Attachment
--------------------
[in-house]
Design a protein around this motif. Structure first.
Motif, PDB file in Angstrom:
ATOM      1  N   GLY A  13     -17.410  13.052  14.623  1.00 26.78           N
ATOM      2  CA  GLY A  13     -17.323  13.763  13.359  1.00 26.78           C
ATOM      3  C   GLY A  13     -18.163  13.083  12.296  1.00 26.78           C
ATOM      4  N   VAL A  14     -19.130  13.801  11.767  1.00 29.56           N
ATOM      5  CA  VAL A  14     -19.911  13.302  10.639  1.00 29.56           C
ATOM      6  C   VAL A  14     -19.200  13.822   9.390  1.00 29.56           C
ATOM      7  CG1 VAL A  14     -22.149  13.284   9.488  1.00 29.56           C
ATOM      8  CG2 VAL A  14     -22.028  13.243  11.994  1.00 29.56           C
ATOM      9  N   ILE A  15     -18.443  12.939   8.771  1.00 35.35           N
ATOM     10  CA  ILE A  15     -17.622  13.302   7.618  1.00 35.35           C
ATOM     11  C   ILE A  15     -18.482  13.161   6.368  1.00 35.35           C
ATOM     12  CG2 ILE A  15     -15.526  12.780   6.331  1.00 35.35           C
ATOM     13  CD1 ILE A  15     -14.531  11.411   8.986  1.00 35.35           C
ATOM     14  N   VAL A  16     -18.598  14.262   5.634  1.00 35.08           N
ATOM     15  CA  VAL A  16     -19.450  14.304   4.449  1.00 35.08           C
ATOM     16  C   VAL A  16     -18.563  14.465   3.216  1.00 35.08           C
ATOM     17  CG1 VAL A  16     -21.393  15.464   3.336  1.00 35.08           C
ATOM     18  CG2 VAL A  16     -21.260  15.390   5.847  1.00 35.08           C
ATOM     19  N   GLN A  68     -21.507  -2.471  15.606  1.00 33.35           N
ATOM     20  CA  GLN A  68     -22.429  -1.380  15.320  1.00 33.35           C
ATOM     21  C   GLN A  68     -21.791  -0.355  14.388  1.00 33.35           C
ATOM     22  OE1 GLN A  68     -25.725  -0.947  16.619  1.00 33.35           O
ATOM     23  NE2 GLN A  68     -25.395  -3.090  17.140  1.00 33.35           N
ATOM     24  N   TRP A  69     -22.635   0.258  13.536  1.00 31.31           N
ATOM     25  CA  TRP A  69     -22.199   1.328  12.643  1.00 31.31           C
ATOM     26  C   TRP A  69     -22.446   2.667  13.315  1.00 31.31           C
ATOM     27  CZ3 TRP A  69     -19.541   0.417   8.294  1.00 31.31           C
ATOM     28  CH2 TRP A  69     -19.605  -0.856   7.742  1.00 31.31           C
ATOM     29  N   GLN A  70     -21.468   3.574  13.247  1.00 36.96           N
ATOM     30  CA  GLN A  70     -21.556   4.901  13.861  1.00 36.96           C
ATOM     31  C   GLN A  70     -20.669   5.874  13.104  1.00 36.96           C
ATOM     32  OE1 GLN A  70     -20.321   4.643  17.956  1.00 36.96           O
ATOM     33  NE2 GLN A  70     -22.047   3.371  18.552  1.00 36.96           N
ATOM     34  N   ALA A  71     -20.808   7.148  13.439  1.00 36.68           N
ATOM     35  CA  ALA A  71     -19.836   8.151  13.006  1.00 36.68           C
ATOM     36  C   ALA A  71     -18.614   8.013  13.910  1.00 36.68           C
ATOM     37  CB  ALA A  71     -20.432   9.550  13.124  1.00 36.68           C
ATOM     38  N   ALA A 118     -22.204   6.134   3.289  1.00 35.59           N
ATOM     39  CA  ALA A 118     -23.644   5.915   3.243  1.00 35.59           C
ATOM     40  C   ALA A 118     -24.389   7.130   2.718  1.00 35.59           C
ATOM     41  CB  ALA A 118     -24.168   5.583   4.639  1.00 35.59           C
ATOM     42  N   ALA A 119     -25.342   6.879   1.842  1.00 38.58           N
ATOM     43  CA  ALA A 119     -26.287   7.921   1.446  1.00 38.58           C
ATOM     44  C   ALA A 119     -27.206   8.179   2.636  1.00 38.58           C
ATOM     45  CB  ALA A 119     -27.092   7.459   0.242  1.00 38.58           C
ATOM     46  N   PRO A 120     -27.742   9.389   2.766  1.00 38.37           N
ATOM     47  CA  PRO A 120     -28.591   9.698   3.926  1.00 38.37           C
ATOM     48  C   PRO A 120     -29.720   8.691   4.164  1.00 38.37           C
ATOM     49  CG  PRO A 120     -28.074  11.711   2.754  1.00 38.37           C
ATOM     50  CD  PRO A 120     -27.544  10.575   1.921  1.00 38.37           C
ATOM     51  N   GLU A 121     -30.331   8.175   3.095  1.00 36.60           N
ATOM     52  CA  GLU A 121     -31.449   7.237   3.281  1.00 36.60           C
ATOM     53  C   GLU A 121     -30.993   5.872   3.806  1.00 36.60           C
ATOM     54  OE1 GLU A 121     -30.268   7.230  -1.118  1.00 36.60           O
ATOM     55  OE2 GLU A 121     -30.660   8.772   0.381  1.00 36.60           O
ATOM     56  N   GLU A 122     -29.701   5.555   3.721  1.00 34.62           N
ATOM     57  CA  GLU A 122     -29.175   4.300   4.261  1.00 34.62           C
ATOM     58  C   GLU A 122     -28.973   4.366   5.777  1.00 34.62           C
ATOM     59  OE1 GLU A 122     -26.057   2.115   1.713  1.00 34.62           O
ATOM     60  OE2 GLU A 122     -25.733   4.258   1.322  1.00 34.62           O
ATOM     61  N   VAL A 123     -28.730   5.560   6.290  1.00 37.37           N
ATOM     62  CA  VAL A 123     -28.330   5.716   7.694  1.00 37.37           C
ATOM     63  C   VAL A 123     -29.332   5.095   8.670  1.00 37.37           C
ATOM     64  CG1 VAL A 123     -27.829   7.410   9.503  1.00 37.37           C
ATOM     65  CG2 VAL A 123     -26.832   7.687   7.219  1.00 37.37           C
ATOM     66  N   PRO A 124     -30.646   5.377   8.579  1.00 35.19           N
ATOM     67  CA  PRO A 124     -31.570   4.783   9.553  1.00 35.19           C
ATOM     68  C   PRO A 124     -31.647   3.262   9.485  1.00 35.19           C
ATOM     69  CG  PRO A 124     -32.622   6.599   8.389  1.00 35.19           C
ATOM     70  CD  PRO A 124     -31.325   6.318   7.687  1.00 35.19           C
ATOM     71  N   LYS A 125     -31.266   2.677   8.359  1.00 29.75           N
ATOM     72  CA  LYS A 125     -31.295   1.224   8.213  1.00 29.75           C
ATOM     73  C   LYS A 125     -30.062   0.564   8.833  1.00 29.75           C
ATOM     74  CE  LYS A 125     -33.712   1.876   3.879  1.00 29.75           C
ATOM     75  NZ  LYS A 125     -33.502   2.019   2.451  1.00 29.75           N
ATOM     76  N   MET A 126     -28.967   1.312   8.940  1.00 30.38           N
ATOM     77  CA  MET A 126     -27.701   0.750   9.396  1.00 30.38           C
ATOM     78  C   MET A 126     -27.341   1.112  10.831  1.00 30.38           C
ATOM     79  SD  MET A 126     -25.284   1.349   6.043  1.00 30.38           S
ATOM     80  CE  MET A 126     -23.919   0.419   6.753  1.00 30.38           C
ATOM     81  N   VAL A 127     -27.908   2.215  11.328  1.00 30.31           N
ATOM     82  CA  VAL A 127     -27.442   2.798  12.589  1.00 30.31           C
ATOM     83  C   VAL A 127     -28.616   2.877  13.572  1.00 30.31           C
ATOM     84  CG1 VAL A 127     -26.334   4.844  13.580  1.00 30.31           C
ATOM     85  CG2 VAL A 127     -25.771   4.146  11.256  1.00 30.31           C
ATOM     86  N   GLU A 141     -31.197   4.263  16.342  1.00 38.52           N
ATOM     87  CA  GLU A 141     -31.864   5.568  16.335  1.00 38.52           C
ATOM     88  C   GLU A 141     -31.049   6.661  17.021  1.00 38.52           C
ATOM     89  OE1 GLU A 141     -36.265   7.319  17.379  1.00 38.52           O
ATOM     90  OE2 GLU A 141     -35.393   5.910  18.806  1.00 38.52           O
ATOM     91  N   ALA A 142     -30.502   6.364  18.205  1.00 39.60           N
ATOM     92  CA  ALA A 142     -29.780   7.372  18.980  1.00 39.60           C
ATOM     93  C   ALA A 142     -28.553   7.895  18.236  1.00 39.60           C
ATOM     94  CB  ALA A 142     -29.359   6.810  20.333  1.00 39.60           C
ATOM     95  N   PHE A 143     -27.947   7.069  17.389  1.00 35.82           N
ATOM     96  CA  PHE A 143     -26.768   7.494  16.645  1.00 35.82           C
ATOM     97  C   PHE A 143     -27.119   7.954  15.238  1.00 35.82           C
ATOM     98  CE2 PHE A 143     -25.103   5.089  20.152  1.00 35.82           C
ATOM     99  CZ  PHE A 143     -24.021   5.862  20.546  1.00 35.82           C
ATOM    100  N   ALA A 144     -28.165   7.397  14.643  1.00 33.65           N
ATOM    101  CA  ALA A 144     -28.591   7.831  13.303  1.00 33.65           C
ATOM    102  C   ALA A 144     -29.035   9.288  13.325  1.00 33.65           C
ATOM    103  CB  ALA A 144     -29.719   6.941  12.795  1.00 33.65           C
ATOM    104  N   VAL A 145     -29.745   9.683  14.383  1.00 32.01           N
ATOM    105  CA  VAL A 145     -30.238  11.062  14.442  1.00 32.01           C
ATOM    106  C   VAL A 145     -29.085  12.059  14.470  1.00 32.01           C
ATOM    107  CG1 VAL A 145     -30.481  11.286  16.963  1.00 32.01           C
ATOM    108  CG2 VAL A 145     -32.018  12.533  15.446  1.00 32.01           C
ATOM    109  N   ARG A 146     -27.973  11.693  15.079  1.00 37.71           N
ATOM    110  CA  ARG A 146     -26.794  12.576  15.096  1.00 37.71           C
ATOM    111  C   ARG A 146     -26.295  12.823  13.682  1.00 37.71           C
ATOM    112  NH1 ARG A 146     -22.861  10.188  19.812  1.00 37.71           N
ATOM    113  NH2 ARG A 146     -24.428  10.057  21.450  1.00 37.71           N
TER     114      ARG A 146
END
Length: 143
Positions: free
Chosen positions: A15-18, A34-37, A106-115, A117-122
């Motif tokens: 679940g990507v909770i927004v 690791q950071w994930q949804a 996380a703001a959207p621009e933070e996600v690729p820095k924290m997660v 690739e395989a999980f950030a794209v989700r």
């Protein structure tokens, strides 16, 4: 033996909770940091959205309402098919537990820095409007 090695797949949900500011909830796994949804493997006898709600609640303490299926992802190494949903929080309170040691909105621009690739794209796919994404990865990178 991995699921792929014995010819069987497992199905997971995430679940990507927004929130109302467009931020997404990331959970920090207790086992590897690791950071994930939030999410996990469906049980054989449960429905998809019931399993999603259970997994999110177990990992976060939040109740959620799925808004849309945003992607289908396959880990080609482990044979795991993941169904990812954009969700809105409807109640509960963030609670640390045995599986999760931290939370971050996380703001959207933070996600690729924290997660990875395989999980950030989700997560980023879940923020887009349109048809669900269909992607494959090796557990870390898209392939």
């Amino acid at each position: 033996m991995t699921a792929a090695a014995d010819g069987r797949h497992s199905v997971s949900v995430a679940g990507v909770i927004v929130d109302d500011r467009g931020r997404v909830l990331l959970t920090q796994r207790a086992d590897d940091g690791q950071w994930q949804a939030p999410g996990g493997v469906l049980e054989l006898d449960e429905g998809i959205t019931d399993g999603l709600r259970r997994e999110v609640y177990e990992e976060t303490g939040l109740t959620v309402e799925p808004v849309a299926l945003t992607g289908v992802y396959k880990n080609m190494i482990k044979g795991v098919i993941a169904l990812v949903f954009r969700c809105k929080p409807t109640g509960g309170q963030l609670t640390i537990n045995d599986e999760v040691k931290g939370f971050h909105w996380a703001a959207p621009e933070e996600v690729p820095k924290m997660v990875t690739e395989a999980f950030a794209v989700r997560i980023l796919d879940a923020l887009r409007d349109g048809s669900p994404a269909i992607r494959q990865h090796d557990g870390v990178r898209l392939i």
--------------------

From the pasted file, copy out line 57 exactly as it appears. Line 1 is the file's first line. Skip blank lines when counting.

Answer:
ATOM     54  OE1 GLU A 121     -30.268   7.230  -1.118  1.00 36.60           O